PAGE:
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Thursday, June 23, 2005
Might as well mention the Sanneh piece, about the Believer's music issue, which relates in some ways to the Eggers-bitching I did below. It's good, if maybe a bit too easy--that Rick Moody is a jackass isn't exactly front-page news at this point, although given that his stuff generally seems self-deprecating and sarcastic, it's easy to assume this was taken out of context, though then again that contemporary country quote is odious. It's also a bit no doy that overeducated middle-aged liberals (OMELs) like overeducated middle-aged liberal music; sure, it wasn't necessarily predetermined that OMELs would latch onto Canadian guitar bands, but c'mon, Iron and Wine! It's a chubby dude with a beard and an acoustic guitar singing about the woods. If OMELs don't listen to this, no one's going to. Most people get most excited about music they can relate to, and we relate most easily to what's most like us. Sure, it might suck, but it's neither unusual nor necessarily bad that people listen to what you'd expect them to listen to. It makes me nervous to talk about changing their taste in music--maybe it just needs to be expanded a bit.

At the same time, and aside from a lot of objective evidence that certain music editors of certain OMEL-centric publications don't think their readers will read about anything that's not indie-ish (the New Yorker being apparently some sort of fluke), where my post compacted things--sort of "well, you know, they can't have too many friends, and they like to publish from their friends, and that's cool, and besides, it's only a correction, it's not canonical Eggers"--the quote at the end goes a long way towards expanding the inquiry, and it comes from, of all people, a dude from The Long Winters. He says, "indie-rock culture is the real ghetto of people who have convinced themselves that they're too sensitive to be yelled at or to yell."

This is a perspective I hadn't even considered. The standards Eggers (and, let's be honest, most OMELs) has for himself also extend to other people, so he's not just controlling his own behavior, he's actually limiting the kind of art he's willing to come in contact with. In a quest for expanded respect, it's easy to end up not respecting much at all, simply because the artists involved don't fall into your standards of decorum.

I've always hated this, as you perhaps know--it's porting morality onto art, and the results are never pretty. The two are not in any way, shape, or form compatible, because art is explicitly not life, in its essence unreal and therefore more free, in many ways. To take away this freedom is to take away a big part of why we have art itself.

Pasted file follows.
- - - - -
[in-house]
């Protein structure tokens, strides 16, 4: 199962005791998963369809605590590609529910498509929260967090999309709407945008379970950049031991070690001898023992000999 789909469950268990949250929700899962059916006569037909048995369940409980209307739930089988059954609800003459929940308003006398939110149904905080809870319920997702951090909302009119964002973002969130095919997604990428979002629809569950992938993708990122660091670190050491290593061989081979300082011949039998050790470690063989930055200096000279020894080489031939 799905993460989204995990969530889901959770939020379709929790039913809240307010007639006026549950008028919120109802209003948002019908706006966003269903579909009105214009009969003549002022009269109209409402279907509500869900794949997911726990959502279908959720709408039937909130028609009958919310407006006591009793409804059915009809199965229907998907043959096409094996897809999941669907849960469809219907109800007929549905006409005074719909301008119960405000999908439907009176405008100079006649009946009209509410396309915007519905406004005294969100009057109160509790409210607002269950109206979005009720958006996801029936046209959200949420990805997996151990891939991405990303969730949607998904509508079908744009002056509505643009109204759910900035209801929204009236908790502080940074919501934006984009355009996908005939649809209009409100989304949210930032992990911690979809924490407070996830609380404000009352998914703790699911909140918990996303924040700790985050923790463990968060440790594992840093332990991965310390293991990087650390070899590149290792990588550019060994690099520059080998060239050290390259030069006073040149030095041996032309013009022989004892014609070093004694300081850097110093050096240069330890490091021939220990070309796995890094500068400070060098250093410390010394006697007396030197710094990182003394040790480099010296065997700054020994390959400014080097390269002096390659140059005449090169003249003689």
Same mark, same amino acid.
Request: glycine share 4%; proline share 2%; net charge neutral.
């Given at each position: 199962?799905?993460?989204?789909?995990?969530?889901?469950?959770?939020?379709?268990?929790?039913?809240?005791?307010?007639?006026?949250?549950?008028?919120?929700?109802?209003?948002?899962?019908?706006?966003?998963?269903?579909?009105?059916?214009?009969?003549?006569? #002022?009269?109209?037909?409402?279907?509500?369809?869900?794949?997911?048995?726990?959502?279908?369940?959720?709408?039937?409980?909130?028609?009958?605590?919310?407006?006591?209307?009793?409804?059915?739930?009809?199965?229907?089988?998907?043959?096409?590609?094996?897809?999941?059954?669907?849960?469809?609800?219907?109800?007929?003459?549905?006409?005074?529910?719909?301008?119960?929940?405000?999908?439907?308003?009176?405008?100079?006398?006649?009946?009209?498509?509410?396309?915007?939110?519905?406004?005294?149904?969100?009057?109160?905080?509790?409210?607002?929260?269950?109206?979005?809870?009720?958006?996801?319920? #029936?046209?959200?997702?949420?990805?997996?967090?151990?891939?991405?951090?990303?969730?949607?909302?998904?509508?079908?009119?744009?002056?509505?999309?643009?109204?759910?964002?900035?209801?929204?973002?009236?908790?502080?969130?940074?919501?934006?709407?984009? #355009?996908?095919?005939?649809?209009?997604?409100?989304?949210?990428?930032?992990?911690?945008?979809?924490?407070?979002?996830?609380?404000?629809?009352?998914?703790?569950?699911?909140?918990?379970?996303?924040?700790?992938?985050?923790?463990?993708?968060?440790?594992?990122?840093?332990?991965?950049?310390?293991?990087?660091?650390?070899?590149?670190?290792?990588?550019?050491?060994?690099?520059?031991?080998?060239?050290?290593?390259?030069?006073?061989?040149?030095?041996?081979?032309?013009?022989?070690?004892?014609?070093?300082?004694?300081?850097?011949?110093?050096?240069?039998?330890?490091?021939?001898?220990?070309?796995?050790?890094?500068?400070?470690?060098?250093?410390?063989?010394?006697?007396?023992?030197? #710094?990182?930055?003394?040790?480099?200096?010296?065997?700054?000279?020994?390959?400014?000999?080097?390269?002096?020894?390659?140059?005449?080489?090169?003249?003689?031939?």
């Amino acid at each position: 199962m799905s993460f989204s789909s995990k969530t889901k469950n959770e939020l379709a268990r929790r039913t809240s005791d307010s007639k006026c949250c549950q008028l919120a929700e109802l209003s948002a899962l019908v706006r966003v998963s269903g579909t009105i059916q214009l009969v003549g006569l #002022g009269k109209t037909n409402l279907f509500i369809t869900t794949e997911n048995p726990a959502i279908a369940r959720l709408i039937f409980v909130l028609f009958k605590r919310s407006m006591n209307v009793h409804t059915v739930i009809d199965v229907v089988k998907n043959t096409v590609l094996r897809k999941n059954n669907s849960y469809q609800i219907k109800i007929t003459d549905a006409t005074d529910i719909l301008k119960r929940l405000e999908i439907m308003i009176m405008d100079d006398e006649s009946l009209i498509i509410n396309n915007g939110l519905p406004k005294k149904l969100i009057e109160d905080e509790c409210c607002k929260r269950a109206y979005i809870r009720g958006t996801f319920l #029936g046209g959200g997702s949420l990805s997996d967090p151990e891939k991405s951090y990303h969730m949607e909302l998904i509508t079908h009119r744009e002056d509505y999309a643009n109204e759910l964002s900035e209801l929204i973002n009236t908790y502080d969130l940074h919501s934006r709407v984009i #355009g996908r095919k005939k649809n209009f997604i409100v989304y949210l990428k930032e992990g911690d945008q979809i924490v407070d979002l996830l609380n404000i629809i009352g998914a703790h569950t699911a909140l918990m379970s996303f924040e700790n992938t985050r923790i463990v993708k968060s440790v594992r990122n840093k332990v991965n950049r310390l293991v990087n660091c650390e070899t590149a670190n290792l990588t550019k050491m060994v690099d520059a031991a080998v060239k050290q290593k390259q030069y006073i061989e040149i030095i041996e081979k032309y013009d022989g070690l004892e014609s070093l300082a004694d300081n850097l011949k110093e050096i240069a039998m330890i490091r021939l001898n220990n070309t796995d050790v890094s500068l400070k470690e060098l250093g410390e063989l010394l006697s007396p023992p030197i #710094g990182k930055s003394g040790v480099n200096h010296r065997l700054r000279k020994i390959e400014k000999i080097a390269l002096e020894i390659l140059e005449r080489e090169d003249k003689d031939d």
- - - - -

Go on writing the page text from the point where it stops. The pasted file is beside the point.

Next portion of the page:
Any reason you have to not experience art is simply a rationalization and must be recognized as such. Some folks like to talk about the need for filters as if it's something we all agree on, but no, fuck that. If someone gives me music, I'll listen to it, and if I don't like it, I won't listen to again. Any justification I come up with for not listening to something--it's corporate, it's anti-feminist, it's hippie music, it's just a bunch of monkeys with bowling balls rolling them off planks and shreiking--is just a shield for my laziness. The worst thing that can happen is that you get exposed to a perspective you disagree with, and what's so damn bad about that?

This is something that annoys me about all genre partisans, not just indie kids, although they are the closest at hand. Why would you want things to be so narrow? When you have the opportunity to go anywhere, why stay at home? Why not be expansive? This is why, by the way, it especially annoys me when indie-rockers talk about politics; you're not just preaching to a political choir, you're preaching to a, choir. You know what I mean. Politics is by its nature concerned with the world, all-encompassing, omnivorous, devouring. When you seem to be closing your eyes to 99% of the world, why should we listen to have to say about politics? It never ceases to amaze me that people whose minds have ostensibly been broadened, who are apparently liberals, can choose to listen to such a narrow swath of artistic production, especially one that's so eager to confirm their prejudices.

And then, of course, there is the Believer's reply to the above quote: "When it's genuine, though, it's different." We don't really need to address that anymore, do we?